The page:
Invoking Your Right to Remain Silent

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If you are a fan of films, you may have heard the phrase “you have a right to remain silent” as cops put cuffs on a suspect. 

While the procedure may not be as you see it on film, the police are required to read suspects their rights to silence which in legal circles is referred to as Miranda rights. 

Understanding Miranda Rights

Miranda rights have their origins in the Fifth Amendment, which protects suspects in criminal cases from self-incriminating. When issuing a Miranda warning to a suspect, the police must let the suspect know they have a right not to say anything. 

Also, the arresting officer must inform them that what they say can be used in court if they choose to speak. The arresting officer also must let the suspect know they have a right to legal representation. 

There is no requirement that arresting officers read suspects their Miranda rights at the point of arrest. However, the police must do so before interrogating a suspect in custody. Suppose an arresting officer proceeds to get information from a suspect before reading them their Miranda rights. In that case, that information can be thrown out by the court even when it could be incriminating.

Invoke Your Rights and Ask To Have an Attorney

After having your rights read to you, you can still choose to talk to the police. However, you have a right to stop the interrogation at any point. While you may have the right to stay silent, staying silent for the entire course of your interrogation may not work in your favor.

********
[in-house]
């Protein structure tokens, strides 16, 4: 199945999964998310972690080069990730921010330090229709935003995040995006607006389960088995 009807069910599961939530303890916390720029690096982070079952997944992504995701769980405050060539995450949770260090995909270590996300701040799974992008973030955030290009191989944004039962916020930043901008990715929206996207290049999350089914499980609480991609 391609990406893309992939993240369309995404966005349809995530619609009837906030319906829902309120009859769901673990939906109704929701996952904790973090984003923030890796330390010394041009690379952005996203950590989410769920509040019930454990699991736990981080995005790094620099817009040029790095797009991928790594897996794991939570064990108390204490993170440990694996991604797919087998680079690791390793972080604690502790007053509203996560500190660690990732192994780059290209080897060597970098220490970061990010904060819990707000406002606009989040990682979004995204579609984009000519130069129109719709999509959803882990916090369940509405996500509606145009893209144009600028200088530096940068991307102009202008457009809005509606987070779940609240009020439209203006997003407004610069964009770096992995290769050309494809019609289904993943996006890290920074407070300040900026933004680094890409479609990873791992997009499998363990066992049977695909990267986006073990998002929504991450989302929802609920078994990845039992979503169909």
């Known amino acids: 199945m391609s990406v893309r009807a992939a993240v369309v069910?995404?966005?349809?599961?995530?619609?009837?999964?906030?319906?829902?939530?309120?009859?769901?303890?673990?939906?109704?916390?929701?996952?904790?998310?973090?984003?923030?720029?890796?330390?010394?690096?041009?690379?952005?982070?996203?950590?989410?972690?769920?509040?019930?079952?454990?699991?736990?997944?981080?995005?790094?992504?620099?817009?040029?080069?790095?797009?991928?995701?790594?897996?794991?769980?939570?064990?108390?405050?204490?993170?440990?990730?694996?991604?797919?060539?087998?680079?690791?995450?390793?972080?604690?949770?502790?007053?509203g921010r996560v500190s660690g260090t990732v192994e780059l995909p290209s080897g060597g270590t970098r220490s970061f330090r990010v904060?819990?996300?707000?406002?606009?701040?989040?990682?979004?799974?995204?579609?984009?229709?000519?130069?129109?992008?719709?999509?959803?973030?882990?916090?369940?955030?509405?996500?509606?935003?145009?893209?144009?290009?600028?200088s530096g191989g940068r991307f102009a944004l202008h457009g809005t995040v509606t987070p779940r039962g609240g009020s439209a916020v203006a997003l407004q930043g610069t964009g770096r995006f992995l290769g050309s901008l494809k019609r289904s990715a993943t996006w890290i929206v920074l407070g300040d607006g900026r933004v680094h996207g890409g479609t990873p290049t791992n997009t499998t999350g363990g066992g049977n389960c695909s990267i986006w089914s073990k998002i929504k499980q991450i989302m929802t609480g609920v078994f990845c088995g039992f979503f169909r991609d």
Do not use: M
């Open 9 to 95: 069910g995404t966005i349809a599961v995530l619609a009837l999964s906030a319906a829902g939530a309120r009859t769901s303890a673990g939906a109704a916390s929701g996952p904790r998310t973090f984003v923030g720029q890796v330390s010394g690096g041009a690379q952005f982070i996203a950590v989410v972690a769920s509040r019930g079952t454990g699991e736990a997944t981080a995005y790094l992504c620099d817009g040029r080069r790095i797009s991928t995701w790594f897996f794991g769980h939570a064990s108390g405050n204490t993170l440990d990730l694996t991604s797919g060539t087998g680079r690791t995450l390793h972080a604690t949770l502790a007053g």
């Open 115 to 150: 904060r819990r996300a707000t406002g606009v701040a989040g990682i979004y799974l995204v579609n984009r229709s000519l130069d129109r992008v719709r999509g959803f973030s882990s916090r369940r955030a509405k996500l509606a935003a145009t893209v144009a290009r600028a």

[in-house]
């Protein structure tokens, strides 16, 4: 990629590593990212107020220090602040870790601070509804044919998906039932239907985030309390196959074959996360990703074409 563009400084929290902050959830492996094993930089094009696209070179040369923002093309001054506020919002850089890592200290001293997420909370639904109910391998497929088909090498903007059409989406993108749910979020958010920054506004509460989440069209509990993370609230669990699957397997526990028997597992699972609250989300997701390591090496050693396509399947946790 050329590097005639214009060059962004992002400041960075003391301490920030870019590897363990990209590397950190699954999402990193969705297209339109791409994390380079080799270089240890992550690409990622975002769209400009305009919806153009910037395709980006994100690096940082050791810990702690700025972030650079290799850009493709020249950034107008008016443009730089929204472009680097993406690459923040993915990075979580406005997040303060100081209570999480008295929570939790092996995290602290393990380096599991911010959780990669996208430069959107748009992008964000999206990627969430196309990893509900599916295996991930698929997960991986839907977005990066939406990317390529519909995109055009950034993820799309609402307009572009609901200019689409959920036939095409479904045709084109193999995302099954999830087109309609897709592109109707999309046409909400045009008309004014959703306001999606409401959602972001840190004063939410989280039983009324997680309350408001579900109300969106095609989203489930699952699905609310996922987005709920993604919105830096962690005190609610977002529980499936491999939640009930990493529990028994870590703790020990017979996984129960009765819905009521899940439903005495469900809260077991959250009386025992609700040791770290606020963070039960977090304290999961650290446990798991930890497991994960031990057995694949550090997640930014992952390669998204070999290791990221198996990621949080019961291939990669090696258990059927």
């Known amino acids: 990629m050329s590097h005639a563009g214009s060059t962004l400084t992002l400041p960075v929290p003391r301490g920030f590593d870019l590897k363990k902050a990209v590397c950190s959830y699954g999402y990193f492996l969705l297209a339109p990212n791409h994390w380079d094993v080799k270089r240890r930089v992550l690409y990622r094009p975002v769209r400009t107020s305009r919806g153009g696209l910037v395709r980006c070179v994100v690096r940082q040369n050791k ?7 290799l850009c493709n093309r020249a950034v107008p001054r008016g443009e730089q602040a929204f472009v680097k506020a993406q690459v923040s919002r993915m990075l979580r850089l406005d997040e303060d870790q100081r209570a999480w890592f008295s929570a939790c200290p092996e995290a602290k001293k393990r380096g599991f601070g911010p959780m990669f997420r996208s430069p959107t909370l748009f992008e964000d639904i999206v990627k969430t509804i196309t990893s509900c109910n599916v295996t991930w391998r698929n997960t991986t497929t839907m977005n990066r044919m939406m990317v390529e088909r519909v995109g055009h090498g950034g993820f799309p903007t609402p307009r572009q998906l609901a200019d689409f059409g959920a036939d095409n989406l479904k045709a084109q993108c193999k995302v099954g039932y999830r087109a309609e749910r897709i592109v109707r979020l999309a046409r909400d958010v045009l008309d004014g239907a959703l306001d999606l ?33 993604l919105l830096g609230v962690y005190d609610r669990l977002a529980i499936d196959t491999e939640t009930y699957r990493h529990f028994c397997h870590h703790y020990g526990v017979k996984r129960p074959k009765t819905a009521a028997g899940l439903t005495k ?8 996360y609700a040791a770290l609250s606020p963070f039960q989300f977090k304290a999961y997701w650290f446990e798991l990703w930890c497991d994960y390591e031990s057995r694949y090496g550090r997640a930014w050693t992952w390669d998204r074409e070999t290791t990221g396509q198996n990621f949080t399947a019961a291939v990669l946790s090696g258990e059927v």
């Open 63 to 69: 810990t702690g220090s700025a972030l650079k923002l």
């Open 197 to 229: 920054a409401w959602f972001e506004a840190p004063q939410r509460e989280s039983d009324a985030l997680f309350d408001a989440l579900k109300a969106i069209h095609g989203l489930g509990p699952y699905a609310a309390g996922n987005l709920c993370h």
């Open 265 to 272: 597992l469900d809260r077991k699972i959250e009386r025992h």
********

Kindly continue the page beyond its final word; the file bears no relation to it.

“The best approach to invoking your right to silence would be following up by asking to have an attorney present during the interrogation,” says Ryan McPhie of Grand Canyon Law Group. For example, if the investigating officer’s line of questioning feels like it could lead to self-incrimination, it is best to ask for a lawyer. If you express your desire to have a lawyer with you, the investigating officer cannot interrogate you until you have a lawyer. 

“In Custody” And “Out of Custody” Right to Silence

Right to silence works differently for “in custody” and “out of custody” suspects. If you are already under arrest, invoking your right to silence cannot be used against you in court. Even when the police could feel like you have something to hide by invoking your right to silence, they cannot use it in court because the court works with evidence, not speculations.

However, if you are not under police custody, staying silent can be pointed out in court to show that the suspect could have been guilty and thus their hesitation to answer a question. To avoid a scenario where the prosecution could use your silence as proof of guilt, you must expressly assert your right to remain silent by telling the investigating officer that you invoke your fifth amendment rights.

Get a Lawyer

As a layperson, the protocol for invoking your right to silence can be challenging, which could mean making expensive mistakes, especially if the underlying crime carries severe consequences. Whether you are under arrest or the police want to gather information from you, invoking your right to silence and talking to a lawyer are the only sure way of ensuring you do not make your situation worse. If you are in police custody and cannot afford a lawyer, you can ask for a court-assigned public defender who is far better than working alone.


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